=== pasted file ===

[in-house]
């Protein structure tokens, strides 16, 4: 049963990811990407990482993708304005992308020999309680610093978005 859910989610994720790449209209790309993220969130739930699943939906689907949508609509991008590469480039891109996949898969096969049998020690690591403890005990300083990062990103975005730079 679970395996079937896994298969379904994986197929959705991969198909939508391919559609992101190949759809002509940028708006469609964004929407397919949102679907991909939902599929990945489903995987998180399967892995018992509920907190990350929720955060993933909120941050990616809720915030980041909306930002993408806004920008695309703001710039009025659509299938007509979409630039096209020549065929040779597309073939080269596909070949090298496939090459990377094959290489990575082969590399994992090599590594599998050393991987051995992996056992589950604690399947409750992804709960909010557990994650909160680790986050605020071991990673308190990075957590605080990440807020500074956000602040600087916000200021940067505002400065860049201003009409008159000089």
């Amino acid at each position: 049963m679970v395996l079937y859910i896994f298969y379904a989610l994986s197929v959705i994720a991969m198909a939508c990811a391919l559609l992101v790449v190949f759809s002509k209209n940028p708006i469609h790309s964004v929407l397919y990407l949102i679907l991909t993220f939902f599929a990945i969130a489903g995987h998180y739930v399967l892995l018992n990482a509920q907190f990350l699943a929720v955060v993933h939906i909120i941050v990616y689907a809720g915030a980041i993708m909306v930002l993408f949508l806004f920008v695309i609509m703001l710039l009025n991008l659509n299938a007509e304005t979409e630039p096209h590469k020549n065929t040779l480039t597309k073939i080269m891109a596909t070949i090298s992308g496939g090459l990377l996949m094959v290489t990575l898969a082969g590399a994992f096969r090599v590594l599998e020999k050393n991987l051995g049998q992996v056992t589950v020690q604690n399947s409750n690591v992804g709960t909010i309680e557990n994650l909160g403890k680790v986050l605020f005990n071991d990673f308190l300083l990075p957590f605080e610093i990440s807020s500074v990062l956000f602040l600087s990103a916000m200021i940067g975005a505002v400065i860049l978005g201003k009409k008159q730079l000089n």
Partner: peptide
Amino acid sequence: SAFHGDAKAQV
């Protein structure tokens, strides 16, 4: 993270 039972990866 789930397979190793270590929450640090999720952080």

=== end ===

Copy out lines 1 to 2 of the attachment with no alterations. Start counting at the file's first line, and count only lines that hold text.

[in-house]
């Protein structure tokens, strides 16, 4: 049963990811990407990482993708304005992308020999309680610093978005 859910989610994720790449209209790309993220969130739930699943939906689907949508609509991008590469480039891109996949898969096969049998020690690591403890005990300083990062990103975005730079 679970395996079937896994298969379904994986197929959705991969198909939508391919559609992101190949759809002509940028708006469609964004929407397919949102679907991909939902599929990945489903995987998180399967892995018992509920907190990350929720955060993933909120941050990616809720915030980041909306930002993408806004920008695309703001710039009025659509299938007509979409630039096209020549065929040779597309073939080269596909070949090298496939090459990377094959290489990575082969590399994992090599590594599998050393991987051995992996056992589950604690399947409750992804709960909010557990994650909160680790986050605020071991990673308190990075957590605080990440807020500074956000602040600087916000200021940067505002400065860049201003009409008159000089």